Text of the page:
Pre-Pet Commodore micro up for grabs on eBay
Kim-1 could be yours
Readers, you now have 12 hours or so to bid for a slice of computing history: a Kim-1 single-board computer, released some 36 years ago by the company that would become a key part of Commodore.
Kim stood for Keyboard Input Monitor, and the device, based on the MOS 6502, was the equivalent of the Sinclair MK14 or the Acorn System 1.
Source: Lawrence Bezuska
Chip maker MOS produced the board - complete with CPU, memory, calculator-style Hex keyboard and six-digit LED readout - to encourage coders to get programming its new microprocessor.
Commodore acquired MOS in 1976-77 and used the board, designed by the legendary Chuck Peddle, as the basis for its first micro, the Pet.
Leap forward 36 years, and one of the Commodore-branded Kim-1 units is on offer on eBay. Bidding is up to $460, but expect it to go higher given how old and rare the Kim-1 is.
Ads from the time show you get a whopping 1KB of Ram and 2KB of Rom for the $245 you'd have paid for the Kim-1 back then. Shipping was $4.50 extra. ®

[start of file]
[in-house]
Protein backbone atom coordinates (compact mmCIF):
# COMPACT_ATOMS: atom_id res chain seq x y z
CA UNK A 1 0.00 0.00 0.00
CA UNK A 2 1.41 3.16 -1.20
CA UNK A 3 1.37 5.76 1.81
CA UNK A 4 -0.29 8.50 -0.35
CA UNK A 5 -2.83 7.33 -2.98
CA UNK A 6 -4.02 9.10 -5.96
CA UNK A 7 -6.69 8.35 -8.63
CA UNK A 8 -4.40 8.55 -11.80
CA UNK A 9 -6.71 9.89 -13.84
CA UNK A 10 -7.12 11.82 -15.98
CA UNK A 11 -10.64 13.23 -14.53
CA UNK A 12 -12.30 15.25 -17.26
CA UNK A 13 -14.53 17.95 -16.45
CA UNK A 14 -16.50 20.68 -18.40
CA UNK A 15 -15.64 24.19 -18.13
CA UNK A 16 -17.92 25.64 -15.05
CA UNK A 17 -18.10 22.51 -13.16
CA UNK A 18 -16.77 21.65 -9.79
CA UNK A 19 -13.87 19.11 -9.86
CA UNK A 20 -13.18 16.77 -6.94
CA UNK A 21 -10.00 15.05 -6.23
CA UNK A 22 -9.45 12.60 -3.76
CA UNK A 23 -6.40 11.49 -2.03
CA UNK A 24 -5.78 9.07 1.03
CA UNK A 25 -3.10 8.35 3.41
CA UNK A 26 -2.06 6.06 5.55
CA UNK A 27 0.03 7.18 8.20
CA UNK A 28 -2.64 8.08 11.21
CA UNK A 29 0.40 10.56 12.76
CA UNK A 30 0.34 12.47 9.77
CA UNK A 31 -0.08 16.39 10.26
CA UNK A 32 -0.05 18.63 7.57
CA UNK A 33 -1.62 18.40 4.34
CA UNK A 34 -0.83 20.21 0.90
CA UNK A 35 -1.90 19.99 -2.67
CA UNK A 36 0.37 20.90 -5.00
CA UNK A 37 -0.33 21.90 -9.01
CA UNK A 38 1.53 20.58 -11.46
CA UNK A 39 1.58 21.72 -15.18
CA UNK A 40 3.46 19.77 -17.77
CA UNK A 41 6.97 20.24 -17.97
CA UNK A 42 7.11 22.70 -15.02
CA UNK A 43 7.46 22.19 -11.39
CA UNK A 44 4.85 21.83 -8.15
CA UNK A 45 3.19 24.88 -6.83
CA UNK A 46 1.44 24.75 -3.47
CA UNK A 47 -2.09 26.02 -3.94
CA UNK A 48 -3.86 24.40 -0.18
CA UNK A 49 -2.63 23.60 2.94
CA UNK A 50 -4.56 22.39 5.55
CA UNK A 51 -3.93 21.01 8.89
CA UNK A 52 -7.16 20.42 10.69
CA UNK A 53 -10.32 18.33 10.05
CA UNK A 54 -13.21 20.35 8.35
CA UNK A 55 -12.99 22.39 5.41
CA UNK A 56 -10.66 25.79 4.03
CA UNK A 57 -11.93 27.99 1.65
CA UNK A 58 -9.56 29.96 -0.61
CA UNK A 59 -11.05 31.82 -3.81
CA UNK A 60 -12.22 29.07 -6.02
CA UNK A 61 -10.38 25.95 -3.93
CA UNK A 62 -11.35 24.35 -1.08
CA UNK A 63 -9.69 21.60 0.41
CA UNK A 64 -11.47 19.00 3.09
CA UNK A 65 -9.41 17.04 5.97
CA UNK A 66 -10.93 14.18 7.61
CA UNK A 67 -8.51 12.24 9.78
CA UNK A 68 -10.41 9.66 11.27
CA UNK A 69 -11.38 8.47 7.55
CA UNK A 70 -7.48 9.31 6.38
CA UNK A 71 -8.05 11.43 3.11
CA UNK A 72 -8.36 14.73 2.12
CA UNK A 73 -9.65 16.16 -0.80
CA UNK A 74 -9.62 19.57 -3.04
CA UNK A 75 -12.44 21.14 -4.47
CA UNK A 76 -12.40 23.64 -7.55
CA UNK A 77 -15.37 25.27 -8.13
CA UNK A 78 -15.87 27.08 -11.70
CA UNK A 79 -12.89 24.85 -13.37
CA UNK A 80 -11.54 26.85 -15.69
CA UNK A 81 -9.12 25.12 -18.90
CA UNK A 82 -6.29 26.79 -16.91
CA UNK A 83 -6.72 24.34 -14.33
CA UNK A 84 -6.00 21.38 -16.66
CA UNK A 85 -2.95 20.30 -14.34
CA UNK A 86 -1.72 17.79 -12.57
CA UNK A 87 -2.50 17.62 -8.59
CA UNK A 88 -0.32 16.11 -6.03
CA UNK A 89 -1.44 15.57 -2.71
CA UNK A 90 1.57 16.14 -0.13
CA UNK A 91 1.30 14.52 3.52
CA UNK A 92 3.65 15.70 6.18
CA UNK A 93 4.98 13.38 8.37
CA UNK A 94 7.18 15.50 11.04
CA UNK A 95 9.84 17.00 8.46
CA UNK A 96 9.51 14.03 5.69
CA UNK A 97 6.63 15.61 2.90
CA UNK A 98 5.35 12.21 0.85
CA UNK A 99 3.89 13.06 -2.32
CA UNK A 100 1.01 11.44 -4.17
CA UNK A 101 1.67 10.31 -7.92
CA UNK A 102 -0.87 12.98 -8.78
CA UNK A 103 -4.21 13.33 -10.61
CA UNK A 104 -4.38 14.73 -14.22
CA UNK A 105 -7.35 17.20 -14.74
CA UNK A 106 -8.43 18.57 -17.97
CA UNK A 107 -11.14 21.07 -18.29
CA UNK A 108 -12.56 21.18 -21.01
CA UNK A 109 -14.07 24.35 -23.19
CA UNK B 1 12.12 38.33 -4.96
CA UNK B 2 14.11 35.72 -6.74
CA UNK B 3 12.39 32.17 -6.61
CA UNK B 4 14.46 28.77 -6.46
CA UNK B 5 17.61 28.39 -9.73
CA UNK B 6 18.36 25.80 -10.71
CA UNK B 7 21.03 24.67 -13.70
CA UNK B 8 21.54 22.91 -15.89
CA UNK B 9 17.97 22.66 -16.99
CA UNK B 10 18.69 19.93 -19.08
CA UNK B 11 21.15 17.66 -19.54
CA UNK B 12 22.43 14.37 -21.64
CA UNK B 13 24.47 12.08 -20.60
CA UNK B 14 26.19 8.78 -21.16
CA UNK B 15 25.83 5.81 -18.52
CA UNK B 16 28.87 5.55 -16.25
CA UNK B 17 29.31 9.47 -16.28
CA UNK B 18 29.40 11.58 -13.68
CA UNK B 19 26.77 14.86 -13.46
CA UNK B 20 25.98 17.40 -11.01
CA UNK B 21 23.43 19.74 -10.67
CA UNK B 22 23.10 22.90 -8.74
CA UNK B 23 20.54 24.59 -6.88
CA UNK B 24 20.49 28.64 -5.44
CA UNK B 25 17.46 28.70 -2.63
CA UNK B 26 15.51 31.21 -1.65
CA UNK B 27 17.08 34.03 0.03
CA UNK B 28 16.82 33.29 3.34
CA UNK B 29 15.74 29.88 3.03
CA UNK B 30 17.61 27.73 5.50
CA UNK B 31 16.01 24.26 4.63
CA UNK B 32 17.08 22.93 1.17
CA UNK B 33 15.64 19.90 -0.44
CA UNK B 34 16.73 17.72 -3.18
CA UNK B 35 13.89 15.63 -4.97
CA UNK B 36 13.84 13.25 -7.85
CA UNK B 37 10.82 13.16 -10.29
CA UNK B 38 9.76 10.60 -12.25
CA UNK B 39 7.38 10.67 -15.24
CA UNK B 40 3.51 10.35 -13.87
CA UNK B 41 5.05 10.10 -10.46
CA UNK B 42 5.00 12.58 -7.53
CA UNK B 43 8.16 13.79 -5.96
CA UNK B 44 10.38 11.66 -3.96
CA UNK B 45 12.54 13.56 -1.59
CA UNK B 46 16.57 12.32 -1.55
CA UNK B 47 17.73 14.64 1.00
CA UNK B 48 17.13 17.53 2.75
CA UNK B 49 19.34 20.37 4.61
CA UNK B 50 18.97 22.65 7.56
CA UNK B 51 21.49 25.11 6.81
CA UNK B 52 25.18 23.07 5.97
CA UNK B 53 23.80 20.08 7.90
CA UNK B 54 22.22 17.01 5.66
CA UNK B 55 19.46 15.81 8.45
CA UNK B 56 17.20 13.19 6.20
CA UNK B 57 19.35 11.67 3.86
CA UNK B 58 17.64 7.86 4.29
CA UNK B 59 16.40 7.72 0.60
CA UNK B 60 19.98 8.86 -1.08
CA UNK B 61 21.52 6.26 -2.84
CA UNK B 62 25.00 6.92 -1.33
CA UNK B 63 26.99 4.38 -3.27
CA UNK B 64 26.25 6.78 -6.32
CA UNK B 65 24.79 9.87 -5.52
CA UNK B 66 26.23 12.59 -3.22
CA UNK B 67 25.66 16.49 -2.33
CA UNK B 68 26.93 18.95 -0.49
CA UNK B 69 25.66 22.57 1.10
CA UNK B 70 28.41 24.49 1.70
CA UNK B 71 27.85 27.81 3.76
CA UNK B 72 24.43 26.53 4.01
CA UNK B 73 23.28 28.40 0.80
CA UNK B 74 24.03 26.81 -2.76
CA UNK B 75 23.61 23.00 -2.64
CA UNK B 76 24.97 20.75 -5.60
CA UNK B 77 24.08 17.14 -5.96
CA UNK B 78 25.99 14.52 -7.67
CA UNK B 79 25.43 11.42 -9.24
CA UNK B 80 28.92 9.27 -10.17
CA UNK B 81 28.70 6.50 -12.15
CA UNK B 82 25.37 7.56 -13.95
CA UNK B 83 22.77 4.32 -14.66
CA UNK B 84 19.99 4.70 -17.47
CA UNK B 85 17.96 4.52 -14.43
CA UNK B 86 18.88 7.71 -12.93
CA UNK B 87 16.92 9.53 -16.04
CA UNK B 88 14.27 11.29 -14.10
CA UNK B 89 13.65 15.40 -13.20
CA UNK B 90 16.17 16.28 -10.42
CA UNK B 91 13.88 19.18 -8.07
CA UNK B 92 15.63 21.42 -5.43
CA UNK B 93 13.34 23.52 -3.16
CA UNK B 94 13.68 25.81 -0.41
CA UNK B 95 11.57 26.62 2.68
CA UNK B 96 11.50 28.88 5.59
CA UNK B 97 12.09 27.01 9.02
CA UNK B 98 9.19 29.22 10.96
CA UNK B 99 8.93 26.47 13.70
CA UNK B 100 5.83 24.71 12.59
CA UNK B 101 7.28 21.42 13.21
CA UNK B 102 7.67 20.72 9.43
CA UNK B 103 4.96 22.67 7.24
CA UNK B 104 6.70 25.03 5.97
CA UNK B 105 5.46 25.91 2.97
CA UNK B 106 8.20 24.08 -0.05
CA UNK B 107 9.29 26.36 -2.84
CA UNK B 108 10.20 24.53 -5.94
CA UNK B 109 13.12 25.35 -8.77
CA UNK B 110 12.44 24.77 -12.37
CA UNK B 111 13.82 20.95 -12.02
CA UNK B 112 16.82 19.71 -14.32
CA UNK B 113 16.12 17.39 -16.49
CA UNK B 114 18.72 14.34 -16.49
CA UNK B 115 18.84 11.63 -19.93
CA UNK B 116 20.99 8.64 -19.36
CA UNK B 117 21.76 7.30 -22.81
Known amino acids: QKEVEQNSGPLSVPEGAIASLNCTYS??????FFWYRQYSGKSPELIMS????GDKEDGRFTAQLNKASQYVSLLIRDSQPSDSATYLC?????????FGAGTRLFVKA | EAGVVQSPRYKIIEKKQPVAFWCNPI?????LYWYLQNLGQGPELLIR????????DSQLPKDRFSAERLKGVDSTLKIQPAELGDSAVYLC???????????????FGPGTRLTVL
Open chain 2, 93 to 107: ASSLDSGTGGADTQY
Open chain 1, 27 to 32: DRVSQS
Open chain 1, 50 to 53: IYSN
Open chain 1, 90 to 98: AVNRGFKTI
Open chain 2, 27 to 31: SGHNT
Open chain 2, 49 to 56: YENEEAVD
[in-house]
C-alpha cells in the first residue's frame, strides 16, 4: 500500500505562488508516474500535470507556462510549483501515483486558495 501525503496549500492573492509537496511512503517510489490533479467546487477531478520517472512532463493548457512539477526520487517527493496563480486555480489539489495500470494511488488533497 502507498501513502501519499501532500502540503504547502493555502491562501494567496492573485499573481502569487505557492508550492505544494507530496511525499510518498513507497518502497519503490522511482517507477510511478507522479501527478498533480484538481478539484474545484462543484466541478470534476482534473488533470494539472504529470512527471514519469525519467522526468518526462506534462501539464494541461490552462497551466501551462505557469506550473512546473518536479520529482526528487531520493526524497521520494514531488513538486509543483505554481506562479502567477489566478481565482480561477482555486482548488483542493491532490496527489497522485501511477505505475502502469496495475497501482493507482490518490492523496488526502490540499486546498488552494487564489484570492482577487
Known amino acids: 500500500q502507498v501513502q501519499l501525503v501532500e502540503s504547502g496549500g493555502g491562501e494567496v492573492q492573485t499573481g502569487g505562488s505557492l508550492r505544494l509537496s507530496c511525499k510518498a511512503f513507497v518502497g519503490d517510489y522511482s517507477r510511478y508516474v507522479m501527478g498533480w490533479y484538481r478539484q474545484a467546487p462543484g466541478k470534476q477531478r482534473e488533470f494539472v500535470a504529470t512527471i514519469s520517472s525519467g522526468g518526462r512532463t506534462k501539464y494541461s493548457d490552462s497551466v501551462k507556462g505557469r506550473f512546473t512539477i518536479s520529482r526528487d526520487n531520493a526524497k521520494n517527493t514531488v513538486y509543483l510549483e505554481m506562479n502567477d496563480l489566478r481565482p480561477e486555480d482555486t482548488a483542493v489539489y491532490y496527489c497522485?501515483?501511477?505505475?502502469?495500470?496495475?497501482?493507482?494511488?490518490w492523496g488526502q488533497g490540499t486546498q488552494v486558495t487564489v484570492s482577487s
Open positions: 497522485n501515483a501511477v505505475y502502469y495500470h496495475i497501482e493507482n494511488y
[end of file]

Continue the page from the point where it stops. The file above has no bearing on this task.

Re: Vaguely familiar
The OU one was probably a DESMOND: Digital Electronic System Made Of Nifty Devices and used on Technology Faculty courses. There was also a series of Hektor computers (Home Experiment Kit) of which the first was a single board job like the Kim-1, the second had a keyboard and the third was more like a BBC Model B.
Re: I actually used one for a University assignment
Looks a lot like the ones they had in Durham. I think they were as pictured here.
They were used to teach machine code to 1st year undergraduates in 1979/80 at least. No big deal for those of us who'd already programmed HP calculators. At the time they seemed kind of quaint, although they were presumably quite new. It was just that things were moving pretty quickly.
They also had Acorn Atom machines about, which were much more interesting than these things at the time.
@TeeCee - More like
will it run pong
Takes me back to '77
When I arrived for the start of a Computing and Electronics degree in 1977, each of us was presented with a KIM-1 in bits. We had to assemble it, before we could start classes in assembly programming.
Plus ca change: Now I am doing the same thing for fun with Arduino's !
Defo used an AIM-65
at Strathclyde Uni during the '80s. IMSC, the electronics club had a cased-up KIM, too. Didn't you have to hand-enter an interrupt vector before using the monitor ROM (for display refresh or something)?
Good memories from a simpler time.